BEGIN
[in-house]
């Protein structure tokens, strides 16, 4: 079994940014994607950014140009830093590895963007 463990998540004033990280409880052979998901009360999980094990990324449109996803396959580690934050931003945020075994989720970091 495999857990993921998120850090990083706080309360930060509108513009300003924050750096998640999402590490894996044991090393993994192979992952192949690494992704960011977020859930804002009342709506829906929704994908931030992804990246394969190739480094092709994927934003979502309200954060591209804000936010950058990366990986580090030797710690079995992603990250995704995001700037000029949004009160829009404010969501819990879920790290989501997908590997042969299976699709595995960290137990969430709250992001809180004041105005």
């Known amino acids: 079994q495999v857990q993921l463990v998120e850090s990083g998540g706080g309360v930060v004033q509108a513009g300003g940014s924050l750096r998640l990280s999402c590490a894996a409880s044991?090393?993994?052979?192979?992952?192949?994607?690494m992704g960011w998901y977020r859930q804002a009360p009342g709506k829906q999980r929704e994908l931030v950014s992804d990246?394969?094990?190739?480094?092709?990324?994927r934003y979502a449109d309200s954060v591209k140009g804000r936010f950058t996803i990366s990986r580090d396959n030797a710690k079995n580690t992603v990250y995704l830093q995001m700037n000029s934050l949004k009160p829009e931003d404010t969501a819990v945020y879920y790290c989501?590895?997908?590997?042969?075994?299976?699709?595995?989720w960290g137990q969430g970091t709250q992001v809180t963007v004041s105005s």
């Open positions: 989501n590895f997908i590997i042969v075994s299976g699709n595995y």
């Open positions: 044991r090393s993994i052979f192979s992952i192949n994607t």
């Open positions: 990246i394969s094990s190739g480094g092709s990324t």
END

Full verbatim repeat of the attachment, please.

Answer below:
[in-house]
């Protein structure tokens, strides 16, 4: 079994940014994607950014140009830093590895963007 463990998540004033990280409880052979998901009360999980094990990324449109996803396959580690934050931003945020075994989720970091 495999857990993921998120850090990083706080309360930060509108513009300003924050750096998640999402590490894996044991090393993994192979992952192949690494992704960011977020859930804002009342709506829906929704994908931030992804990246394969190739480094092709994927934003979502309200954060591209804000936010950058990366990986580090030797710690079995992603990250995704995001700037000029949004009160829009404010969501819990879920790290989501997908590997042969299976699709595995960290137990969430709250992001809180004041105005």
């Known amino acids: 079994q495999v857990q993921l463990v998120e850090s990083g998540g706080g309360v930060v004033q509108a513009g300003g940014s924050l750096r998640l990280s999402c590490a894996a409880s044991?090393?993994?052979?192979?992952?192949?994607?690494m992704g960011w998901y977020r859930q804002a009360p009342g709506k829906q999980r929704e994908l931030v950014s992804d990246?394969?094990?190739?480094?092709?990324?994927r934003y979502a449109d309200s954060v591209k140009g804000r936010f950058t996803i990366s990986r580090d396959n030797a710690k079995n580690t992603v990250y995704l830093q995001m700037n000029s934050l949004k009160p829009e931003d404010t969501a819990v945020y879920y790290c989501?590895?997908?590997?042969?075994?299976?699709?595995?989720w960290g137990q969430g970091t709250q992001v809180t963007v004041s105005s």
């Open positions: 989501n590895f997908i590997i042969v075994s299976g699709n595995y």
């Open positions: 044991r090393s993994i052979f192979s992952i192949n994607t």
């Open positions: 990246i394969s094990s190739g480094g092709s990324t």